If you ask most people om the street what the most disruptive technology of the last century has been, they’re liable to guess something like the smartphone, the personal computer, or even, perhaps, the television. But if we frame the question in terms of widespread adoption in a short period of time, we have to go all the way back to the mid-1920s.
Earlier this week, Max Roser of Our World in Data tweeted the following chart detailing the rise of household appliances measured against a corresponding decline in the number of hours people spend doing housework per week.
So while a device like the smartphone might certainly make our lives more convenient, it’s easy to take for granted just how revolutionary and impactful items like the refrigerator were in the early 20th century. In a span of just about 10 years, the percentage of US households with a fridge jumped from 0 to over 70%. By the early 1960s, the penetration rate reached an astounding 100%.
Techniques like pickling, potting, smoking, and salting defined 19th-century cuisine because, before reliable refrigeration, cooking and food preservation were barely distinguishable tasks. Americans turned leftover milk into an array of longer-lived dairy products, and they drank whiskey and hard cider by the gallon in part because alcohol kept leftover grains and fruits edible long after they were in season. Foods that weren’t preserved had to be eaten quickly.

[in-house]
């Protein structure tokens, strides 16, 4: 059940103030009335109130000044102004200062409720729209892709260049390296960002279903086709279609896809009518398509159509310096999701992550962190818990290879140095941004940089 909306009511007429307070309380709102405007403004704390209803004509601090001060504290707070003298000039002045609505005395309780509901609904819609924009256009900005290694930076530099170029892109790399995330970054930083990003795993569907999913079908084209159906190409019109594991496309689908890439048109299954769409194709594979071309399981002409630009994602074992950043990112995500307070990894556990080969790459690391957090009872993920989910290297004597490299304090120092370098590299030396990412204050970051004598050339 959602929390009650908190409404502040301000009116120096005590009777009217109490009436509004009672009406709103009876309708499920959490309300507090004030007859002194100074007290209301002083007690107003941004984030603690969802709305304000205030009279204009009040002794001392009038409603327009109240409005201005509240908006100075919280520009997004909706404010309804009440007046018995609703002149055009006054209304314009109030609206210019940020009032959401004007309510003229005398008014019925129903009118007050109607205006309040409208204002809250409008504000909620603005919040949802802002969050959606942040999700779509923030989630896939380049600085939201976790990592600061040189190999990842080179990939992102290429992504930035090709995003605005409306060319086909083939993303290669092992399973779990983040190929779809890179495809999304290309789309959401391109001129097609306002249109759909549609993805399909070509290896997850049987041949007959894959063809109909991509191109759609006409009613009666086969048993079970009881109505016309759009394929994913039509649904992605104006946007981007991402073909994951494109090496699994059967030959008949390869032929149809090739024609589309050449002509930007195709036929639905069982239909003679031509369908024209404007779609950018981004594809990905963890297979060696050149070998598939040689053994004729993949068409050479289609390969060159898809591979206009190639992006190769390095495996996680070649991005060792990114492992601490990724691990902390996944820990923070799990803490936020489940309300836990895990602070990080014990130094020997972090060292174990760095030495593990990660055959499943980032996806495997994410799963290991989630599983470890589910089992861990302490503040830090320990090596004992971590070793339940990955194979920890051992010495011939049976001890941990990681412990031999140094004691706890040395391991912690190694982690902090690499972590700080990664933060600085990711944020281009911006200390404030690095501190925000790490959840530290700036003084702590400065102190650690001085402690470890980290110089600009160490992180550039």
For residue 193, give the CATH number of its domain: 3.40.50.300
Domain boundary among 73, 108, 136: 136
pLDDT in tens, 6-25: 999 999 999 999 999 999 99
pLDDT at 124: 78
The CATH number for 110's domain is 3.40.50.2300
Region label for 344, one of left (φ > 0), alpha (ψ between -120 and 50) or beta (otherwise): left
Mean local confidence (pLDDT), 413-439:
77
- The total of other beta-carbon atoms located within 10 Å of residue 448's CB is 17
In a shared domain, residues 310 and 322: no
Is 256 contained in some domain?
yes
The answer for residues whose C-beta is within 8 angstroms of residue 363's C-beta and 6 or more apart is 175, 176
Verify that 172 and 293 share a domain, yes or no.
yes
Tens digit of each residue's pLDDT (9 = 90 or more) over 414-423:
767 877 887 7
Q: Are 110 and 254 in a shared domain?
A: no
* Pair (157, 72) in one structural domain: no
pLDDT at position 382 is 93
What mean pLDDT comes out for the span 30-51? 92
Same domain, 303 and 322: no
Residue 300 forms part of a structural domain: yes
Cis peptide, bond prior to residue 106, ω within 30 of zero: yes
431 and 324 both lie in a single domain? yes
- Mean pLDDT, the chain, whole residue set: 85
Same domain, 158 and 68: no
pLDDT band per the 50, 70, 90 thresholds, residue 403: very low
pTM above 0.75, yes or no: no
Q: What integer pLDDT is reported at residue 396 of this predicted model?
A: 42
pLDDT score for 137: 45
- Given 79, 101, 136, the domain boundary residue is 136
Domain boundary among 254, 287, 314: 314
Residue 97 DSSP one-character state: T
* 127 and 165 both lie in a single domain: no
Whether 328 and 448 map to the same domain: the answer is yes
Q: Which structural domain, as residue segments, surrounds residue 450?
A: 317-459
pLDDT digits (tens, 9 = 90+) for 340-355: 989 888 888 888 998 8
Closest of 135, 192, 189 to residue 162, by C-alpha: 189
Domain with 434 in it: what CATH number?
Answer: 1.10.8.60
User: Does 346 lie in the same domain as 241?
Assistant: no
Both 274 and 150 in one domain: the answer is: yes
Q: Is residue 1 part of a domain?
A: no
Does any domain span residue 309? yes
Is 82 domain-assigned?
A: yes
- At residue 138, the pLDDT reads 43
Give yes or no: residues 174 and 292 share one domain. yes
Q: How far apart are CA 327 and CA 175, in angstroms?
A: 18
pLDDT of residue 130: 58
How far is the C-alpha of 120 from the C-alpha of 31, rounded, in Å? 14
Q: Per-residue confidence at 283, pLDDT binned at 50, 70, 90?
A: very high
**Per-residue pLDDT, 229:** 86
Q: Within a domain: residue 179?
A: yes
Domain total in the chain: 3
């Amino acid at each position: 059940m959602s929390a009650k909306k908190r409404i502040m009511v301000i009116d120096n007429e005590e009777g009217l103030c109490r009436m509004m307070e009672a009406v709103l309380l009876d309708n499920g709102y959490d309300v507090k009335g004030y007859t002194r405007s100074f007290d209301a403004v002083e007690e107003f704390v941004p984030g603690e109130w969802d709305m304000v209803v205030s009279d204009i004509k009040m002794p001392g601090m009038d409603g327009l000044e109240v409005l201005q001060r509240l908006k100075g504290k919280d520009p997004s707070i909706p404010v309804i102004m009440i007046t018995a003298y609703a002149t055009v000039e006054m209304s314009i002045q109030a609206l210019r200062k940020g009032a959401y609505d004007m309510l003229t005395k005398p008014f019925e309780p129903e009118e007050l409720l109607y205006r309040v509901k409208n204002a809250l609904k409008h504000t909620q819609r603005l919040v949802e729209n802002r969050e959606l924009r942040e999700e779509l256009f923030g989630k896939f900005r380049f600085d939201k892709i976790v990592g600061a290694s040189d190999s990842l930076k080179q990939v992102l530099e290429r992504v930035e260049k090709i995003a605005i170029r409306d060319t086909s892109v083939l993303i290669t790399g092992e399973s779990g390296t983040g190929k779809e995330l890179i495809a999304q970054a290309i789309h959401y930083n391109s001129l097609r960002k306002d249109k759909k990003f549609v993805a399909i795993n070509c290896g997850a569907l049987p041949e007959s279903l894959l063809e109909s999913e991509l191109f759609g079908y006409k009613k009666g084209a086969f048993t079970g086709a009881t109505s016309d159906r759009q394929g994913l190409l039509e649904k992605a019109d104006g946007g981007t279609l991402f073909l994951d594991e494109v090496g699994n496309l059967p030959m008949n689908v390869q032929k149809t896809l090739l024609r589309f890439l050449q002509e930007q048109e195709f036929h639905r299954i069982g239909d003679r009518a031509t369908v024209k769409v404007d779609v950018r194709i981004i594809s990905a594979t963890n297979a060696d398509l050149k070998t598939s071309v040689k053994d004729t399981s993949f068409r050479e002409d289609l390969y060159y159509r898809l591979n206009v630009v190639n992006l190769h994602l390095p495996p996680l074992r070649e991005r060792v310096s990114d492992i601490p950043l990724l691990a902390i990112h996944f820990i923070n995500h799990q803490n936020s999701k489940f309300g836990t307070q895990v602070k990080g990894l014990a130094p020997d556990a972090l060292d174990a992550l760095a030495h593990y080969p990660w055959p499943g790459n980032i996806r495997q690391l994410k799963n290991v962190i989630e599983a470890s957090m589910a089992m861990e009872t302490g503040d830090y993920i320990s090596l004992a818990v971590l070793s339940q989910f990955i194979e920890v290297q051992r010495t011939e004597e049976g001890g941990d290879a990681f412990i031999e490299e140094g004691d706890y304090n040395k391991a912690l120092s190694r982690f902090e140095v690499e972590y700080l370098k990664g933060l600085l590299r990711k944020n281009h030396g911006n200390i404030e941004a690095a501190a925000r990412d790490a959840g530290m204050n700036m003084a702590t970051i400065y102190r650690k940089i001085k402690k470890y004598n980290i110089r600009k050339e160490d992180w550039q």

But by the turn of the 20th century, Americans’ relationship with leftovers was changing. Iceboxes were becoming standard features in middle-class homes, and early electric refrigerators soon followed. Refrigeration made it possible to keep highly perishable foods edible for days simply by keeping them cool, and that prompted an enormous shift in American cuisine. A whole arsenal of home preservation techniques, from cheese-making to meat-smoking to egg-pickling to ketchup-making, receded from daily use within a single generation. The unique properties of coldness as a preservative meant that the same meal could reappear in virtually the same form, day after day.
Also, the decline in the amount of time people spent on doing housework has been drastic, dropping by nearly 76% over the last 100 years.